My boyfriend, Trent, and our cat, Gizmo, don’t always agree on kitty etiquette. Trent thinks Gizmo should be a well-behaved cat, like our other cat, Boo. Gizmo, on the other hand, thinks he’s a wild jungle cat ... maybe a panther. He is always climbing on the top closet shelf, lying in the windowsills, napping in clothes hampers, trying to sneak outside, eating any and every plant he can find, or anything else that will drive us crazy.
Last week I received a call at work from Trent, who had arrived home early. "My cat" (Gizmo) had jumped on the small shelf in the kitchen that held the cooking spices, oil and other cooking necessities. Needless to say, there was no longer a shelf attached to the wall, and it looked like a three-year old had tried to make dinner.
By the time I arrived home, Trent had picked up the shards of glass, oil, spices and kitty kibble that had expanded to the size of quarters when the falling shelf knocked over the cats’ water and food dishes. The floor was clean and all of the surviving kitchen items were awaiting a new home. This, of course, meant a trip to the hardware store to build a bigger and better shelf.
Denine Hicks of San Luis Obispo was nice enough to send me a Web site link with hundreds of photos of cats in sinks. I am definitely not alone with my silly cat that sleeps in the sink. Check out the funny photos at catsinsinks.com.
Tables turned they are
Marla Dawson of Los Osos and her family were adopted about 15 years ago by Yoda, a deaf white cat who was fond of chasing the rats that lived under the ivy in their backyard.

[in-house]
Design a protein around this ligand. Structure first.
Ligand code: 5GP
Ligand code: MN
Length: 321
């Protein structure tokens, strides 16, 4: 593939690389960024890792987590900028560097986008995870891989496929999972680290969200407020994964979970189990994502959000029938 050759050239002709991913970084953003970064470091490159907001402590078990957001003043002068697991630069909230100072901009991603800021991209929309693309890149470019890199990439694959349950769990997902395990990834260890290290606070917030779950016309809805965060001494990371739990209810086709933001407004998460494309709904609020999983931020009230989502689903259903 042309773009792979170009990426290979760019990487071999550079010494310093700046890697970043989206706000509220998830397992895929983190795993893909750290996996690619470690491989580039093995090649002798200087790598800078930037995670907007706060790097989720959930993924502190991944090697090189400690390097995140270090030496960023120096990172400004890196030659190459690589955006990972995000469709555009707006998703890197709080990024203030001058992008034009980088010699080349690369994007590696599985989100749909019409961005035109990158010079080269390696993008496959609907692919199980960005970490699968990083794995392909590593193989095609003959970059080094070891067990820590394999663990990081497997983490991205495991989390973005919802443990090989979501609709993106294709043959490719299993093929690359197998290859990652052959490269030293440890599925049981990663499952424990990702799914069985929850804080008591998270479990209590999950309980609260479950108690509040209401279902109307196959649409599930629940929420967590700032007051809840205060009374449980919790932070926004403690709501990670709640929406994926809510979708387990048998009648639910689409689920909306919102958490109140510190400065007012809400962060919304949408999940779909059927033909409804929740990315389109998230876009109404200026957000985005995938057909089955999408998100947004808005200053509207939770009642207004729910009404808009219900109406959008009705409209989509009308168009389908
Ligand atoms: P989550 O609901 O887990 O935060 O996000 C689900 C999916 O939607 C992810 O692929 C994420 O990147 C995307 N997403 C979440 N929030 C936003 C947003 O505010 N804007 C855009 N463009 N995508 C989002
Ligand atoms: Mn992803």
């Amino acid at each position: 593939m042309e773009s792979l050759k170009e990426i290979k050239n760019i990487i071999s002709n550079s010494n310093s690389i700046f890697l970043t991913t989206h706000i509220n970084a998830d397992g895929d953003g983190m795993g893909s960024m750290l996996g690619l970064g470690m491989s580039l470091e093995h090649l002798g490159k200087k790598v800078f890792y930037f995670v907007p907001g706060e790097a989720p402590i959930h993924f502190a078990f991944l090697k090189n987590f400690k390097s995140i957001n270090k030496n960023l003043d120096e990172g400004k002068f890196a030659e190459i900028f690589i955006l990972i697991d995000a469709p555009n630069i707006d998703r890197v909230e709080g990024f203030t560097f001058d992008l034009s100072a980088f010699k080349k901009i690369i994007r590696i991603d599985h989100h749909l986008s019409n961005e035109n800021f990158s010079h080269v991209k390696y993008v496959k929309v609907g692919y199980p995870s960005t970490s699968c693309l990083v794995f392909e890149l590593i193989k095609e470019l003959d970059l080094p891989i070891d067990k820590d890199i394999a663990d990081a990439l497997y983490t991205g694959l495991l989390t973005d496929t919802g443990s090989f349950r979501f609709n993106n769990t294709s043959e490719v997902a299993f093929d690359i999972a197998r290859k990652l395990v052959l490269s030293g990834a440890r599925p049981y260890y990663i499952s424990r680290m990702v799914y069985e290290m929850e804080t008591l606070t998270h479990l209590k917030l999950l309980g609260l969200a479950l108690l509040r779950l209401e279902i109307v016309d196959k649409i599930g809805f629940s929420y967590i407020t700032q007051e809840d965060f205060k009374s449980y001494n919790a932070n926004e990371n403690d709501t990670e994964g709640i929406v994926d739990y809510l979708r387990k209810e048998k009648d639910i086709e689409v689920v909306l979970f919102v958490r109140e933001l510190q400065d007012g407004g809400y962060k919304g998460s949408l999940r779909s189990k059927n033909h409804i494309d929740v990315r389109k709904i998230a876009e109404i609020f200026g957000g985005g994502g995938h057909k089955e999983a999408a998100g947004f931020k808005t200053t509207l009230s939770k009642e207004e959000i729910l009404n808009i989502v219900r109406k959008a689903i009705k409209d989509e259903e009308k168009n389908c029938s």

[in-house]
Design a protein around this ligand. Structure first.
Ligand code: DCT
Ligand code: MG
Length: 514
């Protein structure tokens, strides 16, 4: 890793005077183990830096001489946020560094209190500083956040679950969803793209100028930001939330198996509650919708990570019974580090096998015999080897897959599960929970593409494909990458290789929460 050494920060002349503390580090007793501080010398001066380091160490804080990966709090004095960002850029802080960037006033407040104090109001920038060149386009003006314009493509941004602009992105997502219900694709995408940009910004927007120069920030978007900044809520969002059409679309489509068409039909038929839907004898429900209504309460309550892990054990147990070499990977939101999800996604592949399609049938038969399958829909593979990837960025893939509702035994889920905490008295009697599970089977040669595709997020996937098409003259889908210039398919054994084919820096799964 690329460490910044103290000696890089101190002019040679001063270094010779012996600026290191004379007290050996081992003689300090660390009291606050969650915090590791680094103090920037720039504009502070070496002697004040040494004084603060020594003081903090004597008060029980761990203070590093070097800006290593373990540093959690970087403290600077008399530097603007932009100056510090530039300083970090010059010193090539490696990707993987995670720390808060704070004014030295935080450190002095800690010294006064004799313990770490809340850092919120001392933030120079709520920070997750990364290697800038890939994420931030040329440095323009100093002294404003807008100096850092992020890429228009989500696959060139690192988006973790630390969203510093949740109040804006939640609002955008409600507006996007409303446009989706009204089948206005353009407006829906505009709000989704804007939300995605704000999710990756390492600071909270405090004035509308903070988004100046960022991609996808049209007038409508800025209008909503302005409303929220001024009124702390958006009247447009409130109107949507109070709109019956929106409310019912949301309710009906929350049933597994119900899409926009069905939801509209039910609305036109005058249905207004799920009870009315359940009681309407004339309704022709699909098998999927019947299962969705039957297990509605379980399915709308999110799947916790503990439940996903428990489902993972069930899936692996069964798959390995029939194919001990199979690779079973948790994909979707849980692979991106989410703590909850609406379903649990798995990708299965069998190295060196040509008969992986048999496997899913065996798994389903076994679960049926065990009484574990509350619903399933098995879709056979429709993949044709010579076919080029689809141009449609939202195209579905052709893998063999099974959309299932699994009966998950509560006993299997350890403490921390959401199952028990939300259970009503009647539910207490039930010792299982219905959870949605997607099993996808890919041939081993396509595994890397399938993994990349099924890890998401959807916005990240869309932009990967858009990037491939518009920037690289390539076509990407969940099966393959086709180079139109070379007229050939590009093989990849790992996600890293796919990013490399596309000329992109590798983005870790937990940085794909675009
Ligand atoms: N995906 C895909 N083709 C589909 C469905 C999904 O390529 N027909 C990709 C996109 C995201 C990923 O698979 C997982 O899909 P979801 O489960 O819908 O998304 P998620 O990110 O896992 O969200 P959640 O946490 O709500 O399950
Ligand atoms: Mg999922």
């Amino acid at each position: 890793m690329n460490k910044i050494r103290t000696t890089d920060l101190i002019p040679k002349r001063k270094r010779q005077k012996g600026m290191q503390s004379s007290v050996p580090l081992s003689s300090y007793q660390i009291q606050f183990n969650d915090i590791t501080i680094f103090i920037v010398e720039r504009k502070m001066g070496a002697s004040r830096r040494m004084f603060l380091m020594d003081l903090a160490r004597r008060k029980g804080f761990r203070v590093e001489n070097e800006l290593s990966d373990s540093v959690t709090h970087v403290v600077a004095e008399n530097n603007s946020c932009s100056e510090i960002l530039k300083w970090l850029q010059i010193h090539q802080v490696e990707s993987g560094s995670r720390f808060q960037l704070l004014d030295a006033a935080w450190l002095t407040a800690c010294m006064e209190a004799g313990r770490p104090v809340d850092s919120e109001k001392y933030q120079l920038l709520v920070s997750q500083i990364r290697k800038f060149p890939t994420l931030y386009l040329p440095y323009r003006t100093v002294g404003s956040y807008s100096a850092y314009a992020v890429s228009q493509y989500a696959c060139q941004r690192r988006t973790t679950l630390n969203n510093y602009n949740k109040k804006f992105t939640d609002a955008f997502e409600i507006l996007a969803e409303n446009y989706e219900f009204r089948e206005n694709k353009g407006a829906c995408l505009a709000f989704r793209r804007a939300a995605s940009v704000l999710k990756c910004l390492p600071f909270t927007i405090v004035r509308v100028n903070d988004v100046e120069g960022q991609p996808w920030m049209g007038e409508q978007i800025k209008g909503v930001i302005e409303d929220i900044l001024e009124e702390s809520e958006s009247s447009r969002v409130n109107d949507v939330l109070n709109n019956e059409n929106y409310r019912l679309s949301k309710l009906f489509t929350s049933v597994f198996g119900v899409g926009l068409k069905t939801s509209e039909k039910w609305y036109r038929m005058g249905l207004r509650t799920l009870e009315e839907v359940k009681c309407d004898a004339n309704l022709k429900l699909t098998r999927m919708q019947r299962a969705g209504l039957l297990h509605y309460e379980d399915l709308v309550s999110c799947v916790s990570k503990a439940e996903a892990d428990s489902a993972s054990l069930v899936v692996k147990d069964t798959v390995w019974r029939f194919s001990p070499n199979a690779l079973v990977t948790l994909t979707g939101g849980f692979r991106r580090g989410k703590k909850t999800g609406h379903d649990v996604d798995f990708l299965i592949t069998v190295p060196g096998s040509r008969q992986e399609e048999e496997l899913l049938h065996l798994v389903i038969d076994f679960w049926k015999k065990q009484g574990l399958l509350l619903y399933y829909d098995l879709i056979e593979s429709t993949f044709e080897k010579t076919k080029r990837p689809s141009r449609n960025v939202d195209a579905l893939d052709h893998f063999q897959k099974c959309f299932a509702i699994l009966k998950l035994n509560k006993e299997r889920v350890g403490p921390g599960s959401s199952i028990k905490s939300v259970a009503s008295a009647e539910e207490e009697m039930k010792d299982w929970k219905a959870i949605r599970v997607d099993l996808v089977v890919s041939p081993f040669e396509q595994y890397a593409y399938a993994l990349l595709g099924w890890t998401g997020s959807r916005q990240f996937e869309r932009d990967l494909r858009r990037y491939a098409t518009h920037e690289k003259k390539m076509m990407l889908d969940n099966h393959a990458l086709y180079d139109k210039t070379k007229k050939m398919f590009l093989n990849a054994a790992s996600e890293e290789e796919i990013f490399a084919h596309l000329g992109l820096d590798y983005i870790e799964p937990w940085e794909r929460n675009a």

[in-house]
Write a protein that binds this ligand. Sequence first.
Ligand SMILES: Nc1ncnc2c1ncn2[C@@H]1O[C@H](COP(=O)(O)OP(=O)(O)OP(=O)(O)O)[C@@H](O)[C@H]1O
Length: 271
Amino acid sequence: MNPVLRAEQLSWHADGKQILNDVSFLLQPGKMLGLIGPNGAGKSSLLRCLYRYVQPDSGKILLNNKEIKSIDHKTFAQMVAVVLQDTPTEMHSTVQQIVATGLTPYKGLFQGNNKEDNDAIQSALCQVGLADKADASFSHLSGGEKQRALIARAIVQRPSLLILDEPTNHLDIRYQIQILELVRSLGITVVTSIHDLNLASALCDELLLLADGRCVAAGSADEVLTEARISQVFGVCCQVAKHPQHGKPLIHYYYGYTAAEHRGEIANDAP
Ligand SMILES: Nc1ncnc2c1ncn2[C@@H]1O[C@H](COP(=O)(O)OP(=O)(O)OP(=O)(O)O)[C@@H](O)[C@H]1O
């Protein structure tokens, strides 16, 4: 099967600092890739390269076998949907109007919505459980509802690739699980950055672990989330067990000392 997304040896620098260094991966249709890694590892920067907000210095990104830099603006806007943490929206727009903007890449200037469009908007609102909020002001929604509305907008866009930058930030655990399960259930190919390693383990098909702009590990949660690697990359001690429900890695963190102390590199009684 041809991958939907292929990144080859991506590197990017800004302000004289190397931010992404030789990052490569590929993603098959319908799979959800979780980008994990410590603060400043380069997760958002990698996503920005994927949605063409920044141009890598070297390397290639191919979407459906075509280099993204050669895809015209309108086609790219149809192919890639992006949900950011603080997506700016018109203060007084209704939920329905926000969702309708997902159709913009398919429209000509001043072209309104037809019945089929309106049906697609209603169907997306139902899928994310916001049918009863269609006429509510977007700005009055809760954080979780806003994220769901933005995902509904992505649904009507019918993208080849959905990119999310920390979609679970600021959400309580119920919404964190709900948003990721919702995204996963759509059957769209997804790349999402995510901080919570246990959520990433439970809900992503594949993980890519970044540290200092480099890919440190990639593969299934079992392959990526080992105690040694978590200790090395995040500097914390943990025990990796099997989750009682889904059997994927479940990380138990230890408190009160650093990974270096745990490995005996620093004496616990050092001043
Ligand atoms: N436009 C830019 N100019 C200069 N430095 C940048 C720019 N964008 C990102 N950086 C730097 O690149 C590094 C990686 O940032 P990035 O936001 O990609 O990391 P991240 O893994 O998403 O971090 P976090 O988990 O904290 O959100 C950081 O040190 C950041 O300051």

One day as Dawson watched from inside the house, Yoda caught a rat and was playfully tossing it in the air and watching it try to run away, only to catch it again and repeat the process.
"It was great fun for him, but the rat was not enjoying it," Dawson said.
"Eventually, the rat was able to turn the tables and bite Yoda fiercely on the chin and wouldn’t let go. Yoda was trying to back away from the pain, which resulted in some outrageous yowling, and the cat running backwards around the yard with the rat firmly attached to his chin. I stepped outside to separate the two and was able to grab the rat by his tail and he let go.
"Yoda had his revenge, though, as he immediately swatted the rat out of my hand and dispatched it with one well-placed chomp. Every time I remember this crazy cat, I smile as I picture him with his chin in the vise-grip of the rat’s teeth, yowling his heart out, running backwards around the yard — and me with no video camera!"
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